The negative consequences of this approach quickly became apparent. Just four months later, a UNHCR staff member observed that ‘in 1978, some 10,000 refugees had died from problems relating to inadequate assistance. The present line of the government is coming dangerously close to creating a repetition of this tragedy’.”
While lauded as a success in official UNHCR statements, this second repatriation was both controversial and contradictory to refugee protection principles. As the Evaluation Service’s later assessment stated, some UNHCR staff “were not convinced that the refugees really wanted to return or that the conditions for voluntary repatriation in safety and dignity could be met.”
The review concluded that “refugees believed they had no choice and accepted a repatriation that they feared and did not wish to undertake because they were told to do so by UNHCR and the authorities and believed they had no other choice.”
Similar conclusions could be drawn about a Bangladeshi operation to relocate Rohingya refugees from the country’s mainland to the remote island of Bhasan Char, following the violent expulsion of up to a million Rohingya by the Myanmar military in 2017.
Numerous questions have been raised about this program, which has hitherto seen the relocation of some 30,000 refugees.
Are the Rohingya going willingly to Bhasan Char, or are they being induced to leave by the Bangladesh authorities? Will they be allowed to leave the island if they find life too difficult there or want to reunite with relatives on the mainland? What penalties will be imposed on them if they leave the island without permission?
Can an island that is composed largely of silt, which came into existence only 20 years ago and that was previously unpopulated really sustain the livelihoods of the 80,000 refugees who are scheduled to be relocated there?
Such questions remain unresolved. According to a recent NGO report, “comprehensive information on the ground has yet to be compiled and analysed strategically.” Particular concerns remain, it said, with respect to “food insecurity, levels of economic vulnerability, livelihood coping mechanisms and income opportunities.”
And with respect to freedom of movement, hundreds of refugees have been arrested after trying to leave the island. According to the Bangladeshi official responsible for Bhasan Char, “restrictions on their movement will continue. They won’t be allowed to move outside the camp.”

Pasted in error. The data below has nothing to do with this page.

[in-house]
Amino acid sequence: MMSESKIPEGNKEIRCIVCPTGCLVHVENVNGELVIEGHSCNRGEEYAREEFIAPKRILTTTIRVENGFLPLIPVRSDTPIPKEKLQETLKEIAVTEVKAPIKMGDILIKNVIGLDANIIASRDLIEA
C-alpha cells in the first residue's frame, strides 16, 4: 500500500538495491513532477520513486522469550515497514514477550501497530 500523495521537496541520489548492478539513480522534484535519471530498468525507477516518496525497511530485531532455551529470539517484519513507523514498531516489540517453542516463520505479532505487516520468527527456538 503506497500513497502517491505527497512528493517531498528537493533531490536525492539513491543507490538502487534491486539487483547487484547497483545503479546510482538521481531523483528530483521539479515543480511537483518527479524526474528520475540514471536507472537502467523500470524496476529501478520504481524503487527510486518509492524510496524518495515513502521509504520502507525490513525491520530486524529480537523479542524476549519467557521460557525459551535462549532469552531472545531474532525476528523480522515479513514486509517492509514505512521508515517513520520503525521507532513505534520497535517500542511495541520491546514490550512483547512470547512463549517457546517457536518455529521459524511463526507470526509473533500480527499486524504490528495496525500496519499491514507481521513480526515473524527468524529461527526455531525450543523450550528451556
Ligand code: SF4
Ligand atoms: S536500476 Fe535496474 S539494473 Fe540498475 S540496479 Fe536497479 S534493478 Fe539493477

Despite this array of difficulties, the UN in general and UNHCR in particular have agreed to be involved in the implementation of the relocation programme, raising further issues with respect to the way in which state interests appear to take precedence over the rights and well-being of Rohingya refugees.
Given the pilot project now launched by Bangladesh and Myanmar one has to ask whether the two countries are again preparing to orchestrate the mass and involuntary repatriation of Rohingya refugees. And in view of its acquiescence to the “very firm request” of the Myanmar junta, will UNCHR and other UN agencies eventually prove willing to participate in such an initiative.
In this respect, the involvement of China is particularly ominous. A country with an appalling human rights record, a brutal disregard for its own Muslim minority and a determination to lock Myanmar into its sphere of influence, the Beijing government is unlikely to be very scrupulous in respecting the notion that refugee repatriation should be strictly safe and voluntary in nature.
And, like Myanmar itself, China has an evident political interest in demonstrating that refugees are returning to a country where a degree of security and stability has been restored, thereby legitimizing the forthcoming elections that the junta has said it will hold.
China is a growing regional and global power. It is a permanent member of the UN Security Council and has made strenuous efforts to strengthen its role in the economic, social and humanitarian dimensions of the world body’s work.
In such circumstances, would UN Secretary-General Antonio Guterres – formerly the UN’s High Commissioner for Refugees – be ready to oppose a China-backed plan to repatriate the Rohingya, even if conditions are “not conducive to return” in Myanmar?
Dr. Jeff Crisp was previously Head of Evaluation and Policy Development at UNHCR and now volunteers for United Against Inhumanity.